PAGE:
Fast Fashion: Think Before You Buy

Rachel Dobkin, Business and Culture Editor |

As we move into the fall fashion season, it’s easy to get swept up in new trends and give all your money to clothing companies like Shein, but it’s crucial to know where your clothes come from and their environmental impact on the world.

We’ve all done it before. You go on Tik Tok and see as your favorite influencers showing their hauls from clothing companies like Shein. Behind the glitz and the glam are unethical practices that not only destroy the planet but the lives of thousands of people, mostly women. Although there are amazing influencers that promote sustainable and ethical practices like Lauren Ferree on Instagram, many influencers don’t think about the consequences of their content. Who wouldn’t want to buy something flashy on a beautiful woman? So, we indulge in fast fashion and others suffer from it.

Everyone should know the term fast-fashion. It’s cheap, trendy clothes that get produced at a rapid speed. Back then we used to have four fashion seasons, hence the fall fashion coming out. Now we have clothing companies like Forever 21 and H&M that roll out new lines every two weeks, and there are more trends than people that keep up with them. The result is the unethical, cheap, and fast production of clothing in third-world countries. As well as the massive influx of clothing that gets thrown away once a new trend pops up.

It seems as if everyone has forgotten about the Rana Plaza collapse in 2013. With around 1,100 garment workers dead and 2,600 more injured, this catastrophic event was the world’s largest industrial incident. This is a prime example of the horrific effects of unethical business practices. Companies like the ones I’ve mentioned before, and many others will try to find the cheapest manufacturers so that they can make the clothes cheap for people, so they keep buying them. That means they outsource to sweatshops in third-world countries, where mostly women and children are subject to unsafe working conditions and little pay. I feel like we have become so desensitized from this notion. We hear that children in China make all of our stuff for pennies a day, but we don’t actually do anything about it because that’s just the way it is. But this cannot go on. Rana Plaza should’ve shown us that, but we just brushed it under our rug of historic events that we caused, but don’t ever want to talk about.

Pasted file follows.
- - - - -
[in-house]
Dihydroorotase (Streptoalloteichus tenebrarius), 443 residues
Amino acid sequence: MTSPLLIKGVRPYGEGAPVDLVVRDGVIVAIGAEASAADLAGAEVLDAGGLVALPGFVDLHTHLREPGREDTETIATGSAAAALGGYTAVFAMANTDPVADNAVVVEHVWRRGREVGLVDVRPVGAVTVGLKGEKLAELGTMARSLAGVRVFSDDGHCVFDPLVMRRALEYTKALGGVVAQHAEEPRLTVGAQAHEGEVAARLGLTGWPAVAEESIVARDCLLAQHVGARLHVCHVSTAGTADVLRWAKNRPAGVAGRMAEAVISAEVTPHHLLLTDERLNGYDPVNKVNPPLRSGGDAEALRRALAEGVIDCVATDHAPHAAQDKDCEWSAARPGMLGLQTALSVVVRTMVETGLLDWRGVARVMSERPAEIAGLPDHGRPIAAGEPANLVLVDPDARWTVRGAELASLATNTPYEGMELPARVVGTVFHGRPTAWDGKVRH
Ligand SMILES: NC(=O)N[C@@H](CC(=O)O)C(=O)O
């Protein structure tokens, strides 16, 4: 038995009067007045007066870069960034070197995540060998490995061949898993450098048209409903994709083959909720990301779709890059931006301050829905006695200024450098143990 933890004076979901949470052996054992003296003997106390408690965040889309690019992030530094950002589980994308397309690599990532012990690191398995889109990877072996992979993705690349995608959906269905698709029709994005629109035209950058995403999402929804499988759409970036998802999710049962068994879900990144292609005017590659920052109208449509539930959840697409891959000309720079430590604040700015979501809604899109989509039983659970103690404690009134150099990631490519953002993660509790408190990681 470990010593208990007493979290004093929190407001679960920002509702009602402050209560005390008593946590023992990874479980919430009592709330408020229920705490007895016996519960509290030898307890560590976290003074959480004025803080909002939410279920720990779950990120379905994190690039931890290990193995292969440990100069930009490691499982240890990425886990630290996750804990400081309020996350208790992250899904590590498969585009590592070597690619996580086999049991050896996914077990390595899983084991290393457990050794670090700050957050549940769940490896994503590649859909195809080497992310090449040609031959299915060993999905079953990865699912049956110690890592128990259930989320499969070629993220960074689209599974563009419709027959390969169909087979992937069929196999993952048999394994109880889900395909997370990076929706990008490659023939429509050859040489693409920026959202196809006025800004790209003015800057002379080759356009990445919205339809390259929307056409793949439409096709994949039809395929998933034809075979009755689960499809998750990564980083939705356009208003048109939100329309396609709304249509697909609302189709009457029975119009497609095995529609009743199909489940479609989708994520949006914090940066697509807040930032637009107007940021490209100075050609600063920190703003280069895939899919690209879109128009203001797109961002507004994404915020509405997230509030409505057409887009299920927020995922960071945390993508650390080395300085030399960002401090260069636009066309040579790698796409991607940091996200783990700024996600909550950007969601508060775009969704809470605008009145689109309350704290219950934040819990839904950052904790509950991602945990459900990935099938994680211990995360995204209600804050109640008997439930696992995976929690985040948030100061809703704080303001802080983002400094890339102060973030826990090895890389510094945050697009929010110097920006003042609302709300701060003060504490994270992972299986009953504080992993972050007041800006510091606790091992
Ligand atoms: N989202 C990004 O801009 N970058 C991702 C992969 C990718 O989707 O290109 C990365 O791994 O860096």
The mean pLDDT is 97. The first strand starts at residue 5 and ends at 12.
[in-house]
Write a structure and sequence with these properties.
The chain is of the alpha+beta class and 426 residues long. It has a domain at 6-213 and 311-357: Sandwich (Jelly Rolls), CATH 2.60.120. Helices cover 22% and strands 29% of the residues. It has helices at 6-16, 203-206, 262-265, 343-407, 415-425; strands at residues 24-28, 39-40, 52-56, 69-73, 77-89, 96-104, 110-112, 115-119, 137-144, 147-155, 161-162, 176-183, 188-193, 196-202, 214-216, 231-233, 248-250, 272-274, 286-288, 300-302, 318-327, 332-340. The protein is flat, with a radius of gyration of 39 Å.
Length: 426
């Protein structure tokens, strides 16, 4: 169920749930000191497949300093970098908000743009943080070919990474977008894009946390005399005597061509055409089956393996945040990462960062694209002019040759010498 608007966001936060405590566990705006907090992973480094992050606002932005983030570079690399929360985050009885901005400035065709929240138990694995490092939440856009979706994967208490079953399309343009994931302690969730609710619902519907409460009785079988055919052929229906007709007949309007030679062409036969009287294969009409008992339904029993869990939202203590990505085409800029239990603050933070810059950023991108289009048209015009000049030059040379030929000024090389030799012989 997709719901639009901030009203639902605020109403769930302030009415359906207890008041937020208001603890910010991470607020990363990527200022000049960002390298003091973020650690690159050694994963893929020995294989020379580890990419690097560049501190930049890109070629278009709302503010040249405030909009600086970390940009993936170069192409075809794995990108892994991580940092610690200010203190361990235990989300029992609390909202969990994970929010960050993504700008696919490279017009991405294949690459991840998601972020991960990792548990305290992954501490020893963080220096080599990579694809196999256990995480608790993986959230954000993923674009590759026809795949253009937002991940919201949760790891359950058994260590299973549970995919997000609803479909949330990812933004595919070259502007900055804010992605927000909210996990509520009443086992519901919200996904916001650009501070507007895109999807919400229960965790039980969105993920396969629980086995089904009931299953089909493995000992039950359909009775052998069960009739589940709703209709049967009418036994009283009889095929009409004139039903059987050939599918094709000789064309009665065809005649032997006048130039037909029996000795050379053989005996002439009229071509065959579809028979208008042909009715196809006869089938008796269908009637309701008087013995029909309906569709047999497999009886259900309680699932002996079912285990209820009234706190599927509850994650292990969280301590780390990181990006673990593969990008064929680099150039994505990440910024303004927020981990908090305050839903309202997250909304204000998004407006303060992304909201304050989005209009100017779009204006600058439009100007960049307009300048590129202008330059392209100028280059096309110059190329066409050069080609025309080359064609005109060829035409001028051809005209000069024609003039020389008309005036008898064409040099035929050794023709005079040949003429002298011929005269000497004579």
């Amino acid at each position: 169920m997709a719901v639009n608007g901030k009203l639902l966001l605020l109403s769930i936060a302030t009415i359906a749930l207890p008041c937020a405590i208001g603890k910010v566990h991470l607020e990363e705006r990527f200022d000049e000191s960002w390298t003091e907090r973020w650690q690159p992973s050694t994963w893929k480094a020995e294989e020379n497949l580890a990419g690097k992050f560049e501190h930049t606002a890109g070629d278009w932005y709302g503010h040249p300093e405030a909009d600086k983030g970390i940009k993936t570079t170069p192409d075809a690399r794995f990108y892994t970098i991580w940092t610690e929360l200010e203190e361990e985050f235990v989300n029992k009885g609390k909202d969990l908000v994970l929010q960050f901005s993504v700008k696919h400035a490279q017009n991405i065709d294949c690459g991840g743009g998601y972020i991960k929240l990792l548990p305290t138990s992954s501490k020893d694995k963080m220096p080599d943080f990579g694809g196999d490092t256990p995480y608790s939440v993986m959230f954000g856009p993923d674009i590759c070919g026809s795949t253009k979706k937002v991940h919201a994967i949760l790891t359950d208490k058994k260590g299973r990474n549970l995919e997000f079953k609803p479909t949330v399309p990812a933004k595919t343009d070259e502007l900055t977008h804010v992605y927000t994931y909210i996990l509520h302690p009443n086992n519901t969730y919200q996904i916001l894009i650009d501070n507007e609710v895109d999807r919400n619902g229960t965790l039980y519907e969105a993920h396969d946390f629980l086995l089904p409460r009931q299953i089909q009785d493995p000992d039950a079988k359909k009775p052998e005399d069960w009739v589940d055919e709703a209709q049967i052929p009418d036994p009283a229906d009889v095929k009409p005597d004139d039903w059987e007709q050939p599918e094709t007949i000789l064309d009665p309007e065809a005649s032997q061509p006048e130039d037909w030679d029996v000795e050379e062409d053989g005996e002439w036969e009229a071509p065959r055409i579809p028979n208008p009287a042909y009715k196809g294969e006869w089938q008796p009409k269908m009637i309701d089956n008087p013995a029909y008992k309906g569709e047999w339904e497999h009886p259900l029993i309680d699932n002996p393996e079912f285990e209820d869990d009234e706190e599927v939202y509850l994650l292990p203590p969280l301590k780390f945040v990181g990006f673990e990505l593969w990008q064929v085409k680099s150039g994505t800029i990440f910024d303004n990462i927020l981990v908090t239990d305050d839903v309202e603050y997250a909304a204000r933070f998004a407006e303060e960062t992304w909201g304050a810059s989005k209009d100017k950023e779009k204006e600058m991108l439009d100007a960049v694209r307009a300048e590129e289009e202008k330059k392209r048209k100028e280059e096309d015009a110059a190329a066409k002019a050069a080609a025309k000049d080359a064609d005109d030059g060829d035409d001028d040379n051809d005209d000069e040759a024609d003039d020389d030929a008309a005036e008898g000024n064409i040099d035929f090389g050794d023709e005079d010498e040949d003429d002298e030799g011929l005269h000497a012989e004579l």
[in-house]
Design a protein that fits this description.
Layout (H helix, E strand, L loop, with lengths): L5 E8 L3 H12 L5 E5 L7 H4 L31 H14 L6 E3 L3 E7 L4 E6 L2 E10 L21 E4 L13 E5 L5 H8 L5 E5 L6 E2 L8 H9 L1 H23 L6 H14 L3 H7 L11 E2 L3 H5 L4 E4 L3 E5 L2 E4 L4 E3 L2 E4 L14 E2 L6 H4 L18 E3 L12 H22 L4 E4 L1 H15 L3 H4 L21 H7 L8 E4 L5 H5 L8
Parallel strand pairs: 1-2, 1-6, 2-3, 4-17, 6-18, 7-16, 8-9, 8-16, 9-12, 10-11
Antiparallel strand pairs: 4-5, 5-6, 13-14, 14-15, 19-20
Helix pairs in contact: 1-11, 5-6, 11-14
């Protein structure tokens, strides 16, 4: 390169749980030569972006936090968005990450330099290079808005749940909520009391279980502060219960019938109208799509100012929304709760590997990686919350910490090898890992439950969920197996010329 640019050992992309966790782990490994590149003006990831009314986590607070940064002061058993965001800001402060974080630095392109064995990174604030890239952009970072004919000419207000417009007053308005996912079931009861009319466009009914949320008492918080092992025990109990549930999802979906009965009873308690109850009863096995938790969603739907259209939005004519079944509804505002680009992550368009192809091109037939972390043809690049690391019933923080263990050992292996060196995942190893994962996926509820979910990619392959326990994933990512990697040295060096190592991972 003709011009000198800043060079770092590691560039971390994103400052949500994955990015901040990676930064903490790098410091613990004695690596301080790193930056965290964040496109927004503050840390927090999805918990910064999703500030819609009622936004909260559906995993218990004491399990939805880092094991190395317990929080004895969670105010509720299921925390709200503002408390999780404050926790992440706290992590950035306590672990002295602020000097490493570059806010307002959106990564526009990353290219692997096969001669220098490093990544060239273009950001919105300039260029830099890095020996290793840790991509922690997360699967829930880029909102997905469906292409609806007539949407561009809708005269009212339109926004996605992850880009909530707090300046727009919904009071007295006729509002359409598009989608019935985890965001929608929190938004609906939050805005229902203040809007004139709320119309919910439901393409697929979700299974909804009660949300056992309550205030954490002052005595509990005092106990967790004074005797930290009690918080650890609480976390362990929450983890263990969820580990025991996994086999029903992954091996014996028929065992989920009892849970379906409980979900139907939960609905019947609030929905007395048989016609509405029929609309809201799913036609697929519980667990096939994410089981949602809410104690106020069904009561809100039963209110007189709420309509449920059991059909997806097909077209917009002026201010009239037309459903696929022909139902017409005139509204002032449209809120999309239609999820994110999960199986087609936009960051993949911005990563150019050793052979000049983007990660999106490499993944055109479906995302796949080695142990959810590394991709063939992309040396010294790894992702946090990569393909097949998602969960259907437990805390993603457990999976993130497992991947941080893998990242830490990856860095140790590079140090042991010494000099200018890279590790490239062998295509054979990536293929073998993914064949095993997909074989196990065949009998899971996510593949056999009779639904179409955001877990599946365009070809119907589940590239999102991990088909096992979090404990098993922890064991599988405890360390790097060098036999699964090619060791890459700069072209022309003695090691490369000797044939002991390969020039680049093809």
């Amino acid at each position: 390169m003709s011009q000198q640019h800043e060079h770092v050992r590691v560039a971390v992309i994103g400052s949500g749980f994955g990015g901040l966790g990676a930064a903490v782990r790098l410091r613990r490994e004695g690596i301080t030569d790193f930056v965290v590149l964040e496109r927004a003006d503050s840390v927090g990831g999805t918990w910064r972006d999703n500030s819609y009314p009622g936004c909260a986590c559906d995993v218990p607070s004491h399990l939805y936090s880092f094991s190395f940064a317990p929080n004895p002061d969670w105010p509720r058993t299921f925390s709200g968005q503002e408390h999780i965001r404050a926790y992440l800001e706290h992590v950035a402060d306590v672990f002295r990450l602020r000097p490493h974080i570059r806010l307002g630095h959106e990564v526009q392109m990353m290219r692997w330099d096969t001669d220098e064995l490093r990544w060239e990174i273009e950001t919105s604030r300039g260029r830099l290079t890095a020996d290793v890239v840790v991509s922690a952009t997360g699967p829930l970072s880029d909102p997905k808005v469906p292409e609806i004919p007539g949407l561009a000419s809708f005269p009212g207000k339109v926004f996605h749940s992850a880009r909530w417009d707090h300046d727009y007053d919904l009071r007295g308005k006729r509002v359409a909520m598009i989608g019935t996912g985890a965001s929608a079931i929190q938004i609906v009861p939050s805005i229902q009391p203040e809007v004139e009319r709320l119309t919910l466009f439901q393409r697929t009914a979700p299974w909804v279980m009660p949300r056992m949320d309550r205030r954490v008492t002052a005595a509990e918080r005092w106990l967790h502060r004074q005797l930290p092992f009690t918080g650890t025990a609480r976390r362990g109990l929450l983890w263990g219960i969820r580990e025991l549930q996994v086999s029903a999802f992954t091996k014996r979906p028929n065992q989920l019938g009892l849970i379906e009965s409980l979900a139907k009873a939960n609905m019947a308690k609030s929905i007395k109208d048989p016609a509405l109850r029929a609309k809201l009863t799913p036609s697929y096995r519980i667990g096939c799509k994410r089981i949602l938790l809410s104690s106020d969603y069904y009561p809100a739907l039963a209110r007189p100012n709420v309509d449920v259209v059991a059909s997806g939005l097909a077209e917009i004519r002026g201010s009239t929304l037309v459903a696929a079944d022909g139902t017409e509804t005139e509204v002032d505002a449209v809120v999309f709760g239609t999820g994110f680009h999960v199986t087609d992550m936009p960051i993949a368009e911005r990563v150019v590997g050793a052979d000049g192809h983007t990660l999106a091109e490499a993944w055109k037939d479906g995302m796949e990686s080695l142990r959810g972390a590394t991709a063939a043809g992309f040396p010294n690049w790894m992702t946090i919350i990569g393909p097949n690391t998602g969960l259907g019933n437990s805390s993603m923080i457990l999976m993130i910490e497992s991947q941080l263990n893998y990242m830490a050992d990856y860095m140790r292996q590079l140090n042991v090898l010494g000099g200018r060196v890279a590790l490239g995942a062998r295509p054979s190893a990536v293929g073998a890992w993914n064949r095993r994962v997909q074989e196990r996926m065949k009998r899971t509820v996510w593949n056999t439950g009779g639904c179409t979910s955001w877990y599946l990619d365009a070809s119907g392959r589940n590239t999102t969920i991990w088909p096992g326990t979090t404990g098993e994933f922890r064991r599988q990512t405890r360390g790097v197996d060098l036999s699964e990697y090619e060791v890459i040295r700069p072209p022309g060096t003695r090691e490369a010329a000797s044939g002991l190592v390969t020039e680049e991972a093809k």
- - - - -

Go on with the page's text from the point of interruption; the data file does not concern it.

Companies get away with these unethical practices because we allow them to lack transparency. We don’t ask where the clothing comes from, and they are not even willing to tell the people who do care enough to ask. We need to hold these companies accountable and if they don’t comply, we can’t give them our business.

Deciding not to buy into all of the fast trends and buying from good sources will also help the environment. We like to think of the causes of global warming to all be in the air, but it’s on our backs too. If you don’t have the money to buy from ethical and sustainable clothing companies, then go thrift shopping. There are multiple thrift stores here in Oneonta such as Salvation Army, Shakedown Street, Silk and Treasures Consignment Store, and more.

With all this being said, there is a big myth that needs to be debunked. It’s okay to buy clothes from these companies, in moderation. If you really need a certain clothing item, especially if you don’t have the money or resources to shop anywhere else, it’s okay to make a purchase from these companies. That is not fast fashion. That is, you making a decision based on your lifestyle and needs. This is the last resort, and you should try to shop ethically and sustainably when you can.

Another way you can contribute to the cause is by educating yourself. I highly recommend watching “The True Cost,” as it’s where most of my research came from. It has incredible information and heart-breaking first-hand accounts of the women behind the industry.

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